The Covid-19 national and public health emergencies are ending May 11, which means temporary guidance for industry that allowed 503As and 503Bs to prepare 13 COVID drugs for hospitals during the PHE will expire as well. read more →
Register now for a skillset refresh…and 12 CE hours!
The clock is ticking: Don’t run out of time!
EduCon 2023—two days of virtual education, February 9-10—is all about learning best practices, sharpening your skillset, and equipping you to be 100% compliant with new compounding laws and regs.
Here are three highlights (out of 12 total sessions):
Common Mistakes, Uncommon Consequences (And How to Avoid ‘Em) – There are “sins of omission” and “of commission” – practices that are either being done incorrectly or not performed at all. In this presentation, we’ll share valuable tips for improving the efficiency, safety, and effectiveness of your practice.
Cleaning and Organizing is a Practice, Not a Project: Tools to Avoid Insanitary Conditions in Your Pharmacy – Much of FDA’s inspection activity in compounding facilities has been focused on what the agency considers to be insanitary conditions. Speaker Matt Martin will review inspection findings and discuss strategies to avoid these from happening in your practice.
Healthier Patients = Healthier Practice – Are you helping your patients be their healthiest? Meeting the client where they are can increase their health in measurable ways. In this session, we’ll present ways to show your patients how the time, money and effort you spend with them is actually making them healthier.
Responses to a 2021 APC survey indicated that at least 80 503As had sourced COVID shortage drugs to hospitals under that temporary guidance. Last September in an interview at APC’s Compounders on Capitol Hill event, FDA Director of the Office of Compounding Quality and Compliance Gail Bormel said she was not aware of any adverse events reported as a result of 503As compounding shortage drugs under the guidance.
“We’d like to see that guidance broadened to include not only all shortage drugs, but also urgent use drugs needed by hospitals and clinics, within tight regulatory guidelines,” said APC’s Scott Brunner. “HR3662 in the last Congress would have done that. We’re working now on a possible legislative proposal for this new Congress that would implement some provisions of that previous legislation, as well as eliminate the MOU in law (and replace it with mandatory reporting) and create a federally mandated adverse events reporting framework for 503A compounding pharmacies.”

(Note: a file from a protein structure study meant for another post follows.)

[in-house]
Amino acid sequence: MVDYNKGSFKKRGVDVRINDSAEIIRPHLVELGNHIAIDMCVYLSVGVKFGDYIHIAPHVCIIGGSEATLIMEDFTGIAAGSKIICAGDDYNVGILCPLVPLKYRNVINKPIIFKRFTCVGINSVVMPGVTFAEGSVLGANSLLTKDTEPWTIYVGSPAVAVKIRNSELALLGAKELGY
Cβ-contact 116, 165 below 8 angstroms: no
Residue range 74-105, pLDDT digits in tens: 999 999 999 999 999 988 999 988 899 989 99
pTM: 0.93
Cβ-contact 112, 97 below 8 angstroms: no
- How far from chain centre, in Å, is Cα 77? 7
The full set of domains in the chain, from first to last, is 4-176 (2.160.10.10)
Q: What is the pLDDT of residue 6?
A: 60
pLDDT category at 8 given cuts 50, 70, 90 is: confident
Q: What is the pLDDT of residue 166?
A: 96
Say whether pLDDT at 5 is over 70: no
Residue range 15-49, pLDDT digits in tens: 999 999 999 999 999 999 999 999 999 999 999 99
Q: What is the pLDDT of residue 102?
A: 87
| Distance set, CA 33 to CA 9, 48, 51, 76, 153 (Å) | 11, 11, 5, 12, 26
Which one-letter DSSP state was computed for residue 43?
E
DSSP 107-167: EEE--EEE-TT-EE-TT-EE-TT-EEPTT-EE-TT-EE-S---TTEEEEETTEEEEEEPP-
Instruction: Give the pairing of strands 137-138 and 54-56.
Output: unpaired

On February 14, APC is hosting an hour-long webinar designed to help our pharmacists and technician members get a clue about the value of planning now— while you’re young (at heart?)—to assure you have the funds you need to live well into your, um, maturity.
It’s $25, and we promise it will be worth your time.
Webinar details: Planning, Saving, Investing, and Retiring Strong
February 14, 2023 • 2:00pm – 3:00pm EST
$25 per person
Register here: a4pc.org/WealthPlanning
For the past few years, we’ve talked at length about how the future of compounding is at risk.
Other voices have been telling the story of compounding—to the world, in the halls of FDA, in the chambers of Congress. These voices have a vested interest in marginalizing compounding.
They do not value the incredible impact you have on the lives of your patients and they would decide your future.